Following the success of the Kenneth Branagh directed original, Thor: The Dark World continues the trend of the tongue-in-cheek portrayal of the differences between Asgard and Earth and perhaps surprisingly brings more laughs than any other Marvel film to date.
Thor (Chris Hemsworth) is travelling between the nine realms and putting down uprisings and rebellions caused by his destruction of the Bifrost. Jane Foster (Natalie Portman) who hasn’t seen him in years discovers an ancient power and accidently awakens Maliketh (Christopher Eccleston) and the dark elves from their slumber. Hoping to conquer the nine realms, only an unlikely team of Thor and his half-brother Loki (Tom Hiddleston) stand a chance of stopping the megalomaniac and bring peace to all the realms.
Marvel’s decision to hype Thor: The Dark World as a brooding comic book film adaptation, complete with director Neil Marshall (most famous for the serious fantasy Game of Thrones) has proved to be somewhat misleading. While there are moments of high Shakespearean drama the majority of the running time is a riotously fun affair.
Hemsworth and Hiddleston reunite to provide the innate chemistry of bickering brothers perfectly once again and their exchanges remain the highlight of this sub-franchise. Added kudos to Kat Dennings’ Darcy, who steals some of the biggest laughs from under the demi-Gods noses, the highlight being her apparent concern for Thor’s hammer Mjolnir.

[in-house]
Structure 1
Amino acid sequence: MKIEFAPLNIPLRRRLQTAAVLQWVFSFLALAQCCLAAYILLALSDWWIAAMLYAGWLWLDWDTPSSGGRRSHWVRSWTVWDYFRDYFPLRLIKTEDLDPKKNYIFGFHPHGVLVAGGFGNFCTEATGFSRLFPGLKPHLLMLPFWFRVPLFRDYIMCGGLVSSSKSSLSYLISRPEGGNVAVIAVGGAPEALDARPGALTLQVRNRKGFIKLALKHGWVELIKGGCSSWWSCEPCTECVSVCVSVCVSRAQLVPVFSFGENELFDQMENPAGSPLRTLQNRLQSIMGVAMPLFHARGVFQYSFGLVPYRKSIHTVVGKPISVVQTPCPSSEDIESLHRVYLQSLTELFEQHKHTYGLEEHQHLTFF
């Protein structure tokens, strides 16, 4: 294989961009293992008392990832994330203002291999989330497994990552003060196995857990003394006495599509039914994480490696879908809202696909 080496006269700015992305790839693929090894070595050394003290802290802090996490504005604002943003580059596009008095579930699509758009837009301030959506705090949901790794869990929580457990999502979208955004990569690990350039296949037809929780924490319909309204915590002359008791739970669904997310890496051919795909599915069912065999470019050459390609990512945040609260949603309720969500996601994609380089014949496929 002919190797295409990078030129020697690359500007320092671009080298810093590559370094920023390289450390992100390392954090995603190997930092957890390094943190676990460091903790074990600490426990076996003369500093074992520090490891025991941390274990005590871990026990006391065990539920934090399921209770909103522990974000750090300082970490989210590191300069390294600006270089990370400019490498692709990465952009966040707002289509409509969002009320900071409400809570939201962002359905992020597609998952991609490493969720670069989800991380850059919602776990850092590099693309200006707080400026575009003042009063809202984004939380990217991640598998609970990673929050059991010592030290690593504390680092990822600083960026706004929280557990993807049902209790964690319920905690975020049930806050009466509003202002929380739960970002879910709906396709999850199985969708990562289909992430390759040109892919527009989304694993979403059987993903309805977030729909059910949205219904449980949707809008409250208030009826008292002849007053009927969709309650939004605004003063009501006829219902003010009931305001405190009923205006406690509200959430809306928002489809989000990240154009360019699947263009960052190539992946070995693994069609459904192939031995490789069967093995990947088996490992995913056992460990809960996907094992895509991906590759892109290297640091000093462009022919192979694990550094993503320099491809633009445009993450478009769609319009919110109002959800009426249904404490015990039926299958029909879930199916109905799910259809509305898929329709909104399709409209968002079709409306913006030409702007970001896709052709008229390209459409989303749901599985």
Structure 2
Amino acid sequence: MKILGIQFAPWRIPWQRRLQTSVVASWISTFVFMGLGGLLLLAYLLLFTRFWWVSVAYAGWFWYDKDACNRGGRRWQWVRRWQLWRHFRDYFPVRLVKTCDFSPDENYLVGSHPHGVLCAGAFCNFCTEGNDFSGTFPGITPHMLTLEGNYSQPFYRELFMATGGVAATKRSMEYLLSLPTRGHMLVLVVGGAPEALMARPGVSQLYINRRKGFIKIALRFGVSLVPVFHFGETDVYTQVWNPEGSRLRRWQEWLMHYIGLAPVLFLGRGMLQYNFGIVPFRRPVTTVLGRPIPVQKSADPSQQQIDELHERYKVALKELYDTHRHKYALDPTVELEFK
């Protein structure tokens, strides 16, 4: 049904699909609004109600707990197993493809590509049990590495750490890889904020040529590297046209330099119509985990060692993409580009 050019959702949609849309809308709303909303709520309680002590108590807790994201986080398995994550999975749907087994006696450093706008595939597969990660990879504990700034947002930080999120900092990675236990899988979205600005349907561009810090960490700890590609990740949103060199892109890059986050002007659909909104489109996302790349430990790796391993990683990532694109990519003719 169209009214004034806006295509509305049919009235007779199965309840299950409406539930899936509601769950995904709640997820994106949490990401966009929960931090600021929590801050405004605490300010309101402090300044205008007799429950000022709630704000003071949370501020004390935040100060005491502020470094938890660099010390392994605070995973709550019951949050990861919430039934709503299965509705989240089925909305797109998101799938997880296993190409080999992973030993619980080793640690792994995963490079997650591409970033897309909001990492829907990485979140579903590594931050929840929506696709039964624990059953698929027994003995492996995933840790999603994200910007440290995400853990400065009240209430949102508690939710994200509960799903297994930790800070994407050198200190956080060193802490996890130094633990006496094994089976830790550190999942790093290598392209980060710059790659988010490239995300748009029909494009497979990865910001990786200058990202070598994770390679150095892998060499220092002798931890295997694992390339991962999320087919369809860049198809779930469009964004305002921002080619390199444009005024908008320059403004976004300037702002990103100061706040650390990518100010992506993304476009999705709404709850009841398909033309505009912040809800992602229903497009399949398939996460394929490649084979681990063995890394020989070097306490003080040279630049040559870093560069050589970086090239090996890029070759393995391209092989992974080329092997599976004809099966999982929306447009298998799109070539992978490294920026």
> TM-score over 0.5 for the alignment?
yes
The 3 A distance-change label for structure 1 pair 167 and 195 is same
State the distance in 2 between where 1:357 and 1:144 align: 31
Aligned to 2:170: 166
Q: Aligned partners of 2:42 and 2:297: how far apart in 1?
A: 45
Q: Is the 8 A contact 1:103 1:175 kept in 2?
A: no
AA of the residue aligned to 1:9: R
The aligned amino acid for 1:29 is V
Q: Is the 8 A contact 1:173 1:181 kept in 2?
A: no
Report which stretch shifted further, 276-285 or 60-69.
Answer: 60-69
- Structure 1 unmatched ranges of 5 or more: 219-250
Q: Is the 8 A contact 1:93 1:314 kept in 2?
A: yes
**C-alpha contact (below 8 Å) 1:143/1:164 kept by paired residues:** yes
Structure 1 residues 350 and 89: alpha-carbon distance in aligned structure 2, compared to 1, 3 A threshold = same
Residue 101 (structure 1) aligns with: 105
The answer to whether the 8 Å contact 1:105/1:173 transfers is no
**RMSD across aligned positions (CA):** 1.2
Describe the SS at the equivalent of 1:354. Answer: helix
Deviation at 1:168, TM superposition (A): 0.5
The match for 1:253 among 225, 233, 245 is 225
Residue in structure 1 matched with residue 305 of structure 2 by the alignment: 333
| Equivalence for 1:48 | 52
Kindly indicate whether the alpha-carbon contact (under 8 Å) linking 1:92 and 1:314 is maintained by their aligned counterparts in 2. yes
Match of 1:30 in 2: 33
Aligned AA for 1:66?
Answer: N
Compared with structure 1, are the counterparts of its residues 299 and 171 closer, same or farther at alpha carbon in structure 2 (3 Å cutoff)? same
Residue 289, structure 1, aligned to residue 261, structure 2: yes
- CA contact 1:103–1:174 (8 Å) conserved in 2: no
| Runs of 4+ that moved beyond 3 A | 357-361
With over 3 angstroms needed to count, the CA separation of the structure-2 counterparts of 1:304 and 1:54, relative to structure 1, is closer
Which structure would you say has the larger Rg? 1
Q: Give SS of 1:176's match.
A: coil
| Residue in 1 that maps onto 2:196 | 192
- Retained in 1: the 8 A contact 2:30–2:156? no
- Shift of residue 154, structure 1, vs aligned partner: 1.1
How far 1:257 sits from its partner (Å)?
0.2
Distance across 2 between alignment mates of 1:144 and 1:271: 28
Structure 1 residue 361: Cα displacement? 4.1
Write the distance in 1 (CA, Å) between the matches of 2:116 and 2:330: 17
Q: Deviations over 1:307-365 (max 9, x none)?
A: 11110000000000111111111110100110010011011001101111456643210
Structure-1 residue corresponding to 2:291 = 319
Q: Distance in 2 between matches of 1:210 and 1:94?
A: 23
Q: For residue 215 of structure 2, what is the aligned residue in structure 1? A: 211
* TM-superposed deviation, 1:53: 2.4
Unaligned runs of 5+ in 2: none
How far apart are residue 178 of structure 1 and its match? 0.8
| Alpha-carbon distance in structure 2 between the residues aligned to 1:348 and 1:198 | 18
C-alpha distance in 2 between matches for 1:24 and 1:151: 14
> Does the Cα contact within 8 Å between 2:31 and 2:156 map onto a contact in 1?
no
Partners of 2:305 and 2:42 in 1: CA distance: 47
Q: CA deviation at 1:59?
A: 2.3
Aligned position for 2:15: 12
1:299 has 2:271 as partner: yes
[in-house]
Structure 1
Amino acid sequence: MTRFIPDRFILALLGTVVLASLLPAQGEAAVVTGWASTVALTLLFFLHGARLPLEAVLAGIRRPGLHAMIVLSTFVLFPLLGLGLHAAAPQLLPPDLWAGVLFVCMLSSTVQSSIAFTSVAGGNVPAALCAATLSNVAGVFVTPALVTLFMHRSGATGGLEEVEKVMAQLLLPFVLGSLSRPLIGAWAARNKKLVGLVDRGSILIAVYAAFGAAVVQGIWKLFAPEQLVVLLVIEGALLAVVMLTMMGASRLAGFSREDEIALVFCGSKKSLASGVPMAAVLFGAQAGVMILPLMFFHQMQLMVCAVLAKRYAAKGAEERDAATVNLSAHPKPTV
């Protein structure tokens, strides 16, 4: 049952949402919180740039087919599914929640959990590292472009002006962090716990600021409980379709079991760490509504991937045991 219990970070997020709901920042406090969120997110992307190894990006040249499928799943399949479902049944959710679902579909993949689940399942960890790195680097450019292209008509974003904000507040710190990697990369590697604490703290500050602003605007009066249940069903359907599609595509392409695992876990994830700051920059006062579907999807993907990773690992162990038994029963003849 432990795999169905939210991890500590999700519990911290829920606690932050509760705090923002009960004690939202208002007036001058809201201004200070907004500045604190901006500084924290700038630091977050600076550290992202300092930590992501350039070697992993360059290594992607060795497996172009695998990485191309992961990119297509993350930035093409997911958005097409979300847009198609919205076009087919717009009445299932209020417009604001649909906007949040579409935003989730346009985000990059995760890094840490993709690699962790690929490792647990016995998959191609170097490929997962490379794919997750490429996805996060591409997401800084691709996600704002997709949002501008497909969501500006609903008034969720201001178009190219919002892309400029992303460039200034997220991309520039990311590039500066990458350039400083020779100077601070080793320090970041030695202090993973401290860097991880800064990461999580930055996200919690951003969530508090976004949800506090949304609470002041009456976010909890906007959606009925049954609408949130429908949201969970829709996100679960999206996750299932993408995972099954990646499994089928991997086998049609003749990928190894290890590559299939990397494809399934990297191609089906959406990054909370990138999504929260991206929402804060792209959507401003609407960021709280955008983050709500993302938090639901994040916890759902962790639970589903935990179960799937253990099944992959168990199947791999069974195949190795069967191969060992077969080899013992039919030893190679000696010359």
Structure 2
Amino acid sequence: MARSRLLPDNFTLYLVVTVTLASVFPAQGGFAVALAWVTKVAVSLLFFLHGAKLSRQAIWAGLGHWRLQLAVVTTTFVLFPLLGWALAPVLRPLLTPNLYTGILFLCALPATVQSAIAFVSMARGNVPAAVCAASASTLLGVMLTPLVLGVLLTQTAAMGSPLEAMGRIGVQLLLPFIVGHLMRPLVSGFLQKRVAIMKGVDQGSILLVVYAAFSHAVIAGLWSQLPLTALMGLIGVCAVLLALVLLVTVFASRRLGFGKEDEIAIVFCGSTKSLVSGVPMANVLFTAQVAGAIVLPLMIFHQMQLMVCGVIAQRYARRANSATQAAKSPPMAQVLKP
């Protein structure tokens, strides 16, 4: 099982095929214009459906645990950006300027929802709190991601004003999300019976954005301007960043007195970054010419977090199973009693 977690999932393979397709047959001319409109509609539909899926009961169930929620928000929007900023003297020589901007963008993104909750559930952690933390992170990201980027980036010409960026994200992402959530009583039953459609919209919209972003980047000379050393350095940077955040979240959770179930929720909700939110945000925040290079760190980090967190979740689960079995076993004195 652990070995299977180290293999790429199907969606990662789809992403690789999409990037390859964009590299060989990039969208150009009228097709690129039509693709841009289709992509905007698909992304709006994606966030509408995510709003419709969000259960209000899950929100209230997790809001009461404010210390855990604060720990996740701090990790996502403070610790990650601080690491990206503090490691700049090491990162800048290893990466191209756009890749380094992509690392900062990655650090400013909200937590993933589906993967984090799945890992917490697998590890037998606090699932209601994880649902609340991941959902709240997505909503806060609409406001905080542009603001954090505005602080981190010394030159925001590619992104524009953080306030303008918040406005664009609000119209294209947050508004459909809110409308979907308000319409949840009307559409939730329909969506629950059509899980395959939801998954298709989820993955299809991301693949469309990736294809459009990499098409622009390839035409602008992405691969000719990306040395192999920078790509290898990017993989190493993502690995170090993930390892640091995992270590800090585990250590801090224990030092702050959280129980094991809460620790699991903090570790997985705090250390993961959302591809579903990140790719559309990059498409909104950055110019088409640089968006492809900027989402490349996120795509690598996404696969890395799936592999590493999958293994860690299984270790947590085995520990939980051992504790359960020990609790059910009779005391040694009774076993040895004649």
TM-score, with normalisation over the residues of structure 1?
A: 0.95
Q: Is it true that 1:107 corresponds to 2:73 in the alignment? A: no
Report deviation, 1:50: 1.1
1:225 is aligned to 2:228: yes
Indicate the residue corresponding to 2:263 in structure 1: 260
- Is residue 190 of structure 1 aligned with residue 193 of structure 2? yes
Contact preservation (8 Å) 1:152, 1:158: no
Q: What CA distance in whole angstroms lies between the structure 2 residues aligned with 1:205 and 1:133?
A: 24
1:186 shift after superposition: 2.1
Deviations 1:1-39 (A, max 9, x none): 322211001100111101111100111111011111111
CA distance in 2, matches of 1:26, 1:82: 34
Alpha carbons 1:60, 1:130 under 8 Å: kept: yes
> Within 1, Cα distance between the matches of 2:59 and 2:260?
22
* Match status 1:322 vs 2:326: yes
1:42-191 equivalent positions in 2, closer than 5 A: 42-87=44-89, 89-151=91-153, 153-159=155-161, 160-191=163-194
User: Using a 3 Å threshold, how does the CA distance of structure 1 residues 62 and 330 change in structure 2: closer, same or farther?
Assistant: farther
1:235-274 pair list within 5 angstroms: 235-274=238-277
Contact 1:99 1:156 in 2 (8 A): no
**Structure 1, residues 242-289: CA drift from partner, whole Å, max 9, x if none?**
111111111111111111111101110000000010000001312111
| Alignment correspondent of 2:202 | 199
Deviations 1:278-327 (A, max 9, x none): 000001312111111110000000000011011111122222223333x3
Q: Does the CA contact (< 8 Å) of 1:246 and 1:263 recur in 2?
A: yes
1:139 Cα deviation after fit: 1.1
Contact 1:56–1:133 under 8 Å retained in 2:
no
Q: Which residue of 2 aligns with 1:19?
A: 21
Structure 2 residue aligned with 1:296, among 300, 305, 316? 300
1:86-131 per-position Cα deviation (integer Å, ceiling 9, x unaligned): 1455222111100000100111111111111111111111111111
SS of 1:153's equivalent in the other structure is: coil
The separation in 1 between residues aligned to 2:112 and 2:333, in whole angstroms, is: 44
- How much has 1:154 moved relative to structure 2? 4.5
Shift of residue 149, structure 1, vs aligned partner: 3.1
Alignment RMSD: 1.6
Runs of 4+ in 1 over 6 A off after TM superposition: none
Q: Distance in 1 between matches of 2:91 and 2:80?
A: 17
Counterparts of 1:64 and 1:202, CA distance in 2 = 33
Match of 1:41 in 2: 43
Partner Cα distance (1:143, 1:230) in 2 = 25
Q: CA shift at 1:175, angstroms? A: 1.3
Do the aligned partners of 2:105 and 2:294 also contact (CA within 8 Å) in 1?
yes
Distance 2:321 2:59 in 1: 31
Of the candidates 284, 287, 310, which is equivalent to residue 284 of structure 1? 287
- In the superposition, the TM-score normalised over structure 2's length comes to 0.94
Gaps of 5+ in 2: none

The setting changes here too, with the first two-thirds spent seeing Asgard up close and personal, as Jane Foster finally gets to visit Thor’s home world. What a shame then that she is really a peripheral character destined to be the damsel in distress to Thor’s Prince Charming. Considering her role of intelligent and independent scientist in the first film, this feels like a step back for her character.
Eccleston’s villainous Maliketh is also side-lined as chunks of his backstory were apparently cut at the last minute to make extra time for Loki. While fine in principal, relying on a main villain who seems to have no method to his madness side-lines his importance and when the inevitable ˜big thing crashes into Earth’ finale happens there is little threat of dramatic tension.
Marshall’s direction is excellently handled and he proves here that he is one of the more visceral directors working in and around the Hollywood A-list. The tight-angled sweeps and the keen eye for detail in the art direction help to bring the previously quiet Asgard to life. He also presents the comic moments in perfect timing, which means that even when the narrative is struggling you are still at the very least entertained.
The return to Asgard is a fun, if predictable affair. While the chemistry between Hemsworth and Hiddleston reaches its peak and the laughs are heartier than ever before, the lack of a decent villain and the cookie cutter third act finale leave Thor: The Dark World as something of a mixed bag. There’s still plenty here to enjoy however and the Marvel Cinematic Universe continues its run of enjoyable blockbusters.